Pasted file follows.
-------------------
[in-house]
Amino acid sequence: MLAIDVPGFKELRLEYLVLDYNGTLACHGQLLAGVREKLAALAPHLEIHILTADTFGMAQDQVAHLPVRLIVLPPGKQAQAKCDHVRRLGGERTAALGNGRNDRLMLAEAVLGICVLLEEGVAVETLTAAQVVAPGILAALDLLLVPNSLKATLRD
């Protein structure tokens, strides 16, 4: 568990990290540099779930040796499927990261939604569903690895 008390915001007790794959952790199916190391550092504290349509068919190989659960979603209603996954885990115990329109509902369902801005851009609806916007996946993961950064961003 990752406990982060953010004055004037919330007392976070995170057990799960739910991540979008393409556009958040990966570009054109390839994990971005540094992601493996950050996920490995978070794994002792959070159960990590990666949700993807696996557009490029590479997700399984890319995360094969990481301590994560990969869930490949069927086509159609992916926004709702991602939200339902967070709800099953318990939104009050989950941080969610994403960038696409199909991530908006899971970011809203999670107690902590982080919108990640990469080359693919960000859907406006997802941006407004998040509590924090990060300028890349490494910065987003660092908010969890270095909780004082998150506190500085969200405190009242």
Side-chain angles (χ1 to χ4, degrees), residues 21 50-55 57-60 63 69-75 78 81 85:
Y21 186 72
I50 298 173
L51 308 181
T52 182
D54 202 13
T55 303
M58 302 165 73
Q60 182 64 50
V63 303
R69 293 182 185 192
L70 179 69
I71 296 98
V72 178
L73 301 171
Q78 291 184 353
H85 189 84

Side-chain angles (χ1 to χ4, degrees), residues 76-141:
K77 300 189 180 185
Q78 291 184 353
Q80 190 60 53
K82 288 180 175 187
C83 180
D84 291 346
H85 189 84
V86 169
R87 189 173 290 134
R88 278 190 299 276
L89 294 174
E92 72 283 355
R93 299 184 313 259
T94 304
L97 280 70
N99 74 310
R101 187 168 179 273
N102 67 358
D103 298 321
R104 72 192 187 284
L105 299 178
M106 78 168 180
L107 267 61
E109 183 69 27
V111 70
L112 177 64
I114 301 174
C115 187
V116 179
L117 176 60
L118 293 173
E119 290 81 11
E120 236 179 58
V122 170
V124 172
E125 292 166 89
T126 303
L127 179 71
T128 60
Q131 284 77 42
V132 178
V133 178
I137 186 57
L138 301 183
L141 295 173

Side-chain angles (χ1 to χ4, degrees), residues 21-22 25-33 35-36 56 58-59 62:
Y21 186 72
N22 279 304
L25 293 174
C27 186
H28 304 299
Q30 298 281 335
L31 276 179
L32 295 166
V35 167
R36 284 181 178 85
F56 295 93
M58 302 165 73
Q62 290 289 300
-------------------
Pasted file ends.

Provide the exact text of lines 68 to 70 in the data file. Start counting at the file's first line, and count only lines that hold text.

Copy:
Y21 186 72
N22 279 304
L25 293 174